Why are typing quirks most common among plurals?

Identity Distinction: Typing quirks in plurals (people who identify as a collective consciousness) might stem from a desire for each headmate to have a distinct online presence.

Recognition Aid: Quirks can act as flags, helping identify which headmate is "fronting" (in control of the body) during online interactions.

Neurodivergent Traits: Some plurals have underlying neurodivergences that can influence typing style. These traits might manifest more noticeably in online communication.

Subconscious Expression: Just like handwriting, typing quirks can develop subconsciously as a way of personal expression for each headmate.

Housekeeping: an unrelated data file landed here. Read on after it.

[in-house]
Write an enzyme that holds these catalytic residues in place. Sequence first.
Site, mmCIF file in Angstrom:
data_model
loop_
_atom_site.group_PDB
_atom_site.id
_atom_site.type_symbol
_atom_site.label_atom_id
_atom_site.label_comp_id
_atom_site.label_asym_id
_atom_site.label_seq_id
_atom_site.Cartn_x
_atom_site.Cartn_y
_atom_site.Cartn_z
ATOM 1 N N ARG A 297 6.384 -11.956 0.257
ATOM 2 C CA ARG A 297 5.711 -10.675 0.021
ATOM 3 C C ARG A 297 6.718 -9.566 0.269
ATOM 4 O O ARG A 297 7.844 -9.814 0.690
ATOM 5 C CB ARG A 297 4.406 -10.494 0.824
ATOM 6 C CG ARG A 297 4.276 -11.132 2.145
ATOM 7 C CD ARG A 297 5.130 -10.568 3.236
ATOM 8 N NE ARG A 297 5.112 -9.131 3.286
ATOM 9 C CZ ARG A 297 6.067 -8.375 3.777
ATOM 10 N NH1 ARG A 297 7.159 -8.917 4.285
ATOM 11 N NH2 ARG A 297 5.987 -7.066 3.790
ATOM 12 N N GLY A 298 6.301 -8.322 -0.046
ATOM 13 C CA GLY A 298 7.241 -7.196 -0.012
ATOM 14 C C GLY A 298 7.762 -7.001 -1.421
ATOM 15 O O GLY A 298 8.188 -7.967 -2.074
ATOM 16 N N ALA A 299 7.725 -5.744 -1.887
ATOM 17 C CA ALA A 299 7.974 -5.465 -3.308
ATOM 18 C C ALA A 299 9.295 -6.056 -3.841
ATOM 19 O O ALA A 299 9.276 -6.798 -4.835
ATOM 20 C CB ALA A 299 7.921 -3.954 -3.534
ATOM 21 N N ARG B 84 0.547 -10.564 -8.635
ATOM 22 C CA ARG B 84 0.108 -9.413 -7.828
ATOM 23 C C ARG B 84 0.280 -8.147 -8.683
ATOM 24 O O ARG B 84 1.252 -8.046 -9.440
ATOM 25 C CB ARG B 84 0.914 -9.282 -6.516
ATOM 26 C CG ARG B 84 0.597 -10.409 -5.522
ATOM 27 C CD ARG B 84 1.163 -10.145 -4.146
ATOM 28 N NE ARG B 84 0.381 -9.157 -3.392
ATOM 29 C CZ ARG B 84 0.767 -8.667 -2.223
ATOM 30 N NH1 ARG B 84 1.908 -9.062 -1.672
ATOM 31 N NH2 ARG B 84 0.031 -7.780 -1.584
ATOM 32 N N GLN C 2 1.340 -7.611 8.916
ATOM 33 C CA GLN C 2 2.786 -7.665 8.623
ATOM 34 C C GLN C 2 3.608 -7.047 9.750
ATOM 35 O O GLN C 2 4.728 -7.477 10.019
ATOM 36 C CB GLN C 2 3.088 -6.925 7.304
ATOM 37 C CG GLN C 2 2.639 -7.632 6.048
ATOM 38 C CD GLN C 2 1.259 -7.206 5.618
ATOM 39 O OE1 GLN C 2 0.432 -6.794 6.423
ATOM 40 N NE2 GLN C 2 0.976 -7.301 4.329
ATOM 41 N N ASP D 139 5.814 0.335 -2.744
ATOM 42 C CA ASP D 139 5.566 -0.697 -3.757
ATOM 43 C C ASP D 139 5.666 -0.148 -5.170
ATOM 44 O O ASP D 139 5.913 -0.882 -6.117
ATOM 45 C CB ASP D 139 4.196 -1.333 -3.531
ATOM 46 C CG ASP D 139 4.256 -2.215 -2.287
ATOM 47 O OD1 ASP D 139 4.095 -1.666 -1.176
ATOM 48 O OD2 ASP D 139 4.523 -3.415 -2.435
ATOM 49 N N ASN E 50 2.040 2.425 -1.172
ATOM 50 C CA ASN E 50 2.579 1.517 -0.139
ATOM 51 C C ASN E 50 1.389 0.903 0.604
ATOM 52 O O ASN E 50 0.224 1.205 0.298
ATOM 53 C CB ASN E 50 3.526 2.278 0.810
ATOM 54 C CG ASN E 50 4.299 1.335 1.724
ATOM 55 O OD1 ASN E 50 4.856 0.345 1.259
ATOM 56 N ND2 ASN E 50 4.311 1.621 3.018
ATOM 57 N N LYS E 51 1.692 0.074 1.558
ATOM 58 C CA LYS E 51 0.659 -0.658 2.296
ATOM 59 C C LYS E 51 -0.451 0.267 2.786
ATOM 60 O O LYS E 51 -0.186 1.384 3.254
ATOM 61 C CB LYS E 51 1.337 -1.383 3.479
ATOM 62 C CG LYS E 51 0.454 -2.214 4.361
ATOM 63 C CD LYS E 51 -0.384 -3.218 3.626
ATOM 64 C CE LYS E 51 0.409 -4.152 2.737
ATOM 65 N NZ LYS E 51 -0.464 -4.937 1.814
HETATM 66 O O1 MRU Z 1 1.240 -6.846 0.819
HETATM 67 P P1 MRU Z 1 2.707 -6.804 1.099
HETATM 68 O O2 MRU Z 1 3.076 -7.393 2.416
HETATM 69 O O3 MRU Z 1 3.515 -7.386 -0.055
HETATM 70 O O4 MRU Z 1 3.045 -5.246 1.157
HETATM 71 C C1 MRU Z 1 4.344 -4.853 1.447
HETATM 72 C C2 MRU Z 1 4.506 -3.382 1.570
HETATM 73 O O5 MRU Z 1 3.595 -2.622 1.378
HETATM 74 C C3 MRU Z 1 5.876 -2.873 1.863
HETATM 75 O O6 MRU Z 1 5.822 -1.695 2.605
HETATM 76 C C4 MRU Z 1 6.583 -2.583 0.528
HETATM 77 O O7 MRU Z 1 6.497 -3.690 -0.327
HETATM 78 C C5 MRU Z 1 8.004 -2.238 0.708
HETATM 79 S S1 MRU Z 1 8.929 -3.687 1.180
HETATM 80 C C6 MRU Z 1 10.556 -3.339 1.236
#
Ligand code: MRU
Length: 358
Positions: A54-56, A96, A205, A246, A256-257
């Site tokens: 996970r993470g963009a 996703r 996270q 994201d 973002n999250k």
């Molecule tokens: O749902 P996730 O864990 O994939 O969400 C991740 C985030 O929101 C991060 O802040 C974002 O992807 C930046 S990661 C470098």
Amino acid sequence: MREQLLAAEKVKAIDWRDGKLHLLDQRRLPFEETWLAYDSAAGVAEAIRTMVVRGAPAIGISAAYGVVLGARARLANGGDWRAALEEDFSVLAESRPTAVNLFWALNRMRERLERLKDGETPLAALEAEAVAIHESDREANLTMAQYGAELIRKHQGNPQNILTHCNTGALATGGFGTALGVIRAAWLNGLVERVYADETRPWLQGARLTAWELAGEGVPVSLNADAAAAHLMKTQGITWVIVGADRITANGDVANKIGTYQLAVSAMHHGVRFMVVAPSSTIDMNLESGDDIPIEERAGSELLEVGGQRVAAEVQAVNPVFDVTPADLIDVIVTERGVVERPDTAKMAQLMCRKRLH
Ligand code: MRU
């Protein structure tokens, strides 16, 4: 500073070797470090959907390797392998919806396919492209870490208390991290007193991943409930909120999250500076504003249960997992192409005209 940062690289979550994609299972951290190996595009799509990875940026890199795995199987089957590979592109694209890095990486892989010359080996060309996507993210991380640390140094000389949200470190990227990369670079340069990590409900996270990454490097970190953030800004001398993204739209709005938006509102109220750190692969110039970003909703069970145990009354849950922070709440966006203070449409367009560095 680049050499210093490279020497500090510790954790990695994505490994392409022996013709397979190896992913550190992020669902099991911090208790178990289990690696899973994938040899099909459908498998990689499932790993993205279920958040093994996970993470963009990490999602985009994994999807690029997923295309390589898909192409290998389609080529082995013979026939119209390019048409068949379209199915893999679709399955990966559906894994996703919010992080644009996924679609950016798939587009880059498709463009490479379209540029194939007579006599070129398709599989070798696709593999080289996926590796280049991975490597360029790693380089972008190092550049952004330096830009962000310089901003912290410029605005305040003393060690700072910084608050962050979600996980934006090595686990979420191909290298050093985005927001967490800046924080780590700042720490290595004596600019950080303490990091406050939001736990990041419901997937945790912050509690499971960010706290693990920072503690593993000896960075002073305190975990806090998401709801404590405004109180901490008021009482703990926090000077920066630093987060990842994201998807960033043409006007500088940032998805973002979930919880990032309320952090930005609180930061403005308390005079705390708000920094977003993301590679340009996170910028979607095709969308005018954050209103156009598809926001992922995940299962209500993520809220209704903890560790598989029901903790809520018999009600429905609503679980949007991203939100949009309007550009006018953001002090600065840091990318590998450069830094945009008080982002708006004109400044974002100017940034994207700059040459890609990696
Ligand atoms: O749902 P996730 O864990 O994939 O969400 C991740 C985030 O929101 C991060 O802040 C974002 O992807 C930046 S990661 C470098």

Not Unique to Plurals: Typing quirks are actually common among many internet users, though often more subtle. Examples include unique abbreviation use or avoiding capitalization.

Community Influence: In online plural communities, typing quirks might be adopted or evolve through interaction with other plurals.

Differentiation Need: For plurals where developing strong individual identities is important, typing quirks can be a tool to achieve that differentiation.

Self-Exploration: Typing quirks might be a way for headmates to explore and solidify their sense of self within the larger plural system